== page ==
In heterogeneous parallel and distributed computing systems, there are a collection of interconnected different machines. A critical research problem is energy-aware allocation of resources to tasks to optimize some performance objective, possibly under a given constraint. Often, these allocation decisions must be made when there is uncertainty in relevant system parameters, such as the data-dependent execution time of a given task on a given machine. It is important for system performance to be robust against uncertainty. We have designed models for deriving the degree of robustness of a resource allocation using history-based stochastic (probabilistic) information. Energy-aware robust resource allocation heuristics for two example environments will be presented. The first involves static heuristics, which are executed off-line for production “bag-of-tasks” environments. The goal is to minimize energy given a robustness constraint based on a common deadline. The second environment involves dynamic heuristics, which are executed on-line for situations where tasks must be assigned resources as they arrive into the system. The goal is to complete as many tasks as possible by their individual deadlines, with a constraint on total energy consumption. These energy-aware resource management approaches presented can be applied to a variety of computing and communication system environments.
July 5, 2013, 10am, WIL C207: additional colloquium with Ioana Banicescu (Mississippi State University): "Towards a Technology for Robust and Cost-Effective Autonomic Execution of Scientific Applications"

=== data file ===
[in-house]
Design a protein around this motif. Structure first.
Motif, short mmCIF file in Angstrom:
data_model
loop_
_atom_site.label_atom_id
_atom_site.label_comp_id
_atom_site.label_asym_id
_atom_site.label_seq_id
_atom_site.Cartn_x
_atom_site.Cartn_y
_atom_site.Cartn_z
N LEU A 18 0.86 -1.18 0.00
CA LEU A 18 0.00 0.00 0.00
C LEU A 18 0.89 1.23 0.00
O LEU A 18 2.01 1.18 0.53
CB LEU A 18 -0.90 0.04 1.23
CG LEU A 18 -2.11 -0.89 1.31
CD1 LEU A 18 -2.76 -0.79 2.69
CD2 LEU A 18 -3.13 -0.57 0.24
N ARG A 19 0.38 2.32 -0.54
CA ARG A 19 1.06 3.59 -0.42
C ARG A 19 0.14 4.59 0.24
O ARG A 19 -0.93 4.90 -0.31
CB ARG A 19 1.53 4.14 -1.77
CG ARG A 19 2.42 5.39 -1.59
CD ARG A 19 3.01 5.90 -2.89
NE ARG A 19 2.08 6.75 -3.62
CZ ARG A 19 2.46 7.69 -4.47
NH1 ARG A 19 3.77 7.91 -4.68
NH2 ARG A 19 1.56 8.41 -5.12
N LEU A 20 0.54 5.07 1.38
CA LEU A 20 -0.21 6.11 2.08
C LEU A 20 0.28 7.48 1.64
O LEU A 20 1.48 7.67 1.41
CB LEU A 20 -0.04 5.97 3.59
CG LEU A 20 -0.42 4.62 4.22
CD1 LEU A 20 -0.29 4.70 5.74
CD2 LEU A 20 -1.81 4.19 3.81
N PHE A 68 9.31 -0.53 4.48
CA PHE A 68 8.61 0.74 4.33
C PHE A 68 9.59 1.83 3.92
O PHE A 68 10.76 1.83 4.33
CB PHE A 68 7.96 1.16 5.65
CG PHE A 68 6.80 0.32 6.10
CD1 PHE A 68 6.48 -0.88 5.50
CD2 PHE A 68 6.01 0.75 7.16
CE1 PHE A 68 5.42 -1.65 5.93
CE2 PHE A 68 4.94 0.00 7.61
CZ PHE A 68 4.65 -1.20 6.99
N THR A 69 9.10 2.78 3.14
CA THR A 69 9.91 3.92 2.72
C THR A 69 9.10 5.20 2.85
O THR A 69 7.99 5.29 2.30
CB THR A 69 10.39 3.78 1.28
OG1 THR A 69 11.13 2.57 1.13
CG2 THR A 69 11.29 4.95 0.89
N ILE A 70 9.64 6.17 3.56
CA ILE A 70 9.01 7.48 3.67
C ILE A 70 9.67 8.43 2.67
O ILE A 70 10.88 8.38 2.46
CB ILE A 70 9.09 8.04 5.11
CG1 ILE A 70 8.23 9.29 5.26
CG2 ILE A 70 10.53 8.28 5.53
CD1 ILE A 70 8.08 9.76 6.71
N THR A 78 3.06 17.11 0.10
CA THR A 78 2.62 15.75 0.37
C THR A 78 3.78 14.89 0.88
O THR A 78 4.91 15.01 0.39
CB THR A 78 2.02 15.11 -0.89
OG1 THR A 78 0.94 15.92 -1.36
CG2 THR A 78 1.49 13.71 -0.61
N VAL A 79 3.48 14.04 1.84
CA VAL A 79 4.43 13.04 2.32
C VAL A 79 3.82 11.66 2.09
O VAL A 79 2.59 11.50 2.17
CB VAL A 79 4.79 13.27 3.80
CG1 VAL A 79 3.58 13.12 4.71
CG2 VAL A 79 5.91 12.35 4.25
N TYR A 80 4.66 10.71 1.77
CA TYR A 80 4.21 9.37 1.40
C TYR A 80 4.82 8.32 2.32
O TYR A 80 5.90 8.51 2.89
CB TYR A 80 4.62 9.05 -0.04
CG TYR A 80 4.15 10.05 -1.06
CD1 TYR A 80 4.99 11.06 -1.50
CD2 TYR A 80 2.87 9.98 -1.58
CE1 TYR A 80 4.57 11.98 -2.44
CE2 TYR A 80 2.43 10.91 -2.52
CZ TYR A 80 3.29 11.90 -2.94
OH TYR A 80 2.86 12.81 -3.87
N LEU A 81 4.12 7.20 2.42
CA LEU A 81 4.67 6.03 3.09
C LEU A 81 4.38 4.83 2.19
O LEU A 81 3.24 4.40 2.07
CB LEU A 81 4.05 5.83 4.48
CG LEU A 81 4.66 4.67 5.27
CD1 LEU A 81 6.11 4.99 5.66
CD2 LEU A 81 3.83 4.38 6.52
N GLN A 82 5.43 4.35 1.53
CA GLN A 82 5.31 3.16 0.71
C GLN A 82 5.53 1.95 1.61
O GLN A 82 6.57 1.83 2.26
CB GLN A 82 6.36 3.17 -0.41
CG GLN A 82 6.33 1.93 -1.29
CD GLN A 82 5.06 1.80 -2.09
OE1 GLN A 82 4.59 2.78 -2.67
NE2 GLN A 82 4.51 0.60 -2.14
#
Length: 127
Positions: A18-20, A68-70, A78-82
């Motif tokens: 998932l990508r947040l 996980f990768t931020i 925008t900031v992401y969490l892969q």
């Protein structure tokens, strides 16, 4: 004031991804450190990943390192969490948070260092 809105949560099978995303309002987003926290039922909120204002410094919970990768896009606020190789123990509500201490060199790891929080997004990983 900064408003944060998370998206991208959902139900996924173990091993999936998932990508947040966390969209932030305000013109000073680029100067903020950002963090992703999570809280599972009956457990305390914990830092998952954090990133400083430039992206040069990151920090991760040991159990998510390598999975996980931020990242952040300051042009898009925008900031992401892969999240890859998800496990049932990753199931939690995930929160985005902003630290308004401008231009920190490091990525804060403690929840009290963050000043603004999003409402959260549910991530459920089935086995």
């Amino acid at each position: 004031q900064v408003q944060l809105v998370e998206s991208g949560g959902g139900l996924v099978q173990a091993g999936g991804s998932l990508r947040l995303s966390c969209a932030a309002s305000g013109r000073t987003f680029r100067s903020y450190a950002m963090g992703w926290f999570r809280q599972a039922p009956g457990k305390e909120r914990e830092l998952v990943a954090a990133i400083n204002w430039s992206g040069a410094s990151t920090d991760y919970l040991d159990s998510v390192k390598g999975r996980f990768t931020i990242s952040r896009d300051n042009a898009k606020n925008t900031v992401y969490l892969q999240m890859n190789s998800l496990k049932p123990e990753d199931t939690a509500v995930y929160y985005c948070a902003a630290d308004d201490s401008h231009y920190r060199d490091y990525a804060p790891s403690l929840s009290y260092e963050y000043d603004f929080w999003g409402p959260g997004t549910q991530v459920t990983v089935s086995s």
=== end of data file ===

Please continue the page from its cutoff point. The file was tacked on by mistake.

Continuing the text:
Computational science and engineering research communities are continuously interested in solving problems of increased complexity. The rapid development of computing technology has increased the complexity of computational systems and the ability to solve large and more complex scientific problems.
Over the years, the computing technology has benefited from many research advances in architecture, hardware platforms and software environments, programming models, algorithms, and from many tools and techniques that evolved from these advances.
Many scientific problems are intractable (very large, complex), often exhibit irregular and stochastic behavior (data or time-dependent), and therefore require adaptive algorithms. The resulting scientific applications run on heterogeneous environments (clusters, grids, clouds) which often are expected to offer an efficient, robust, and cost-effective (high utility and green) execution to multiple applications.
A number of solutions involving adaptivity have been proposed and implemented at the application and system levels. They often rely on adaptive algorithms and optimization techniques which may use probabilistic analyses, and other approaches such as: queuing theory, a control-theoretic approach, a machine learning approach, a biologically-inspired approach, and others. During the last decade, an autonomic computing approach has been proposed as a solution to system complexity due to self-management capabilities known to be exhibited by an autonomic computing system.
In this talk, she will present the challenges with which the research community is confronted in addressing these issues at application and system levels, and she will focus on a few recent steps taken towards a technology that would enable simultaneously at both levels a robust, cost-effective execution of scientific applications using an autonomic computing approach.
June 13, 2013: additional colloquium with Greg Stuart and Scott Michael (SciApT, Indiana University): "The Power of User Statistics: Using analytics to improve service to end users"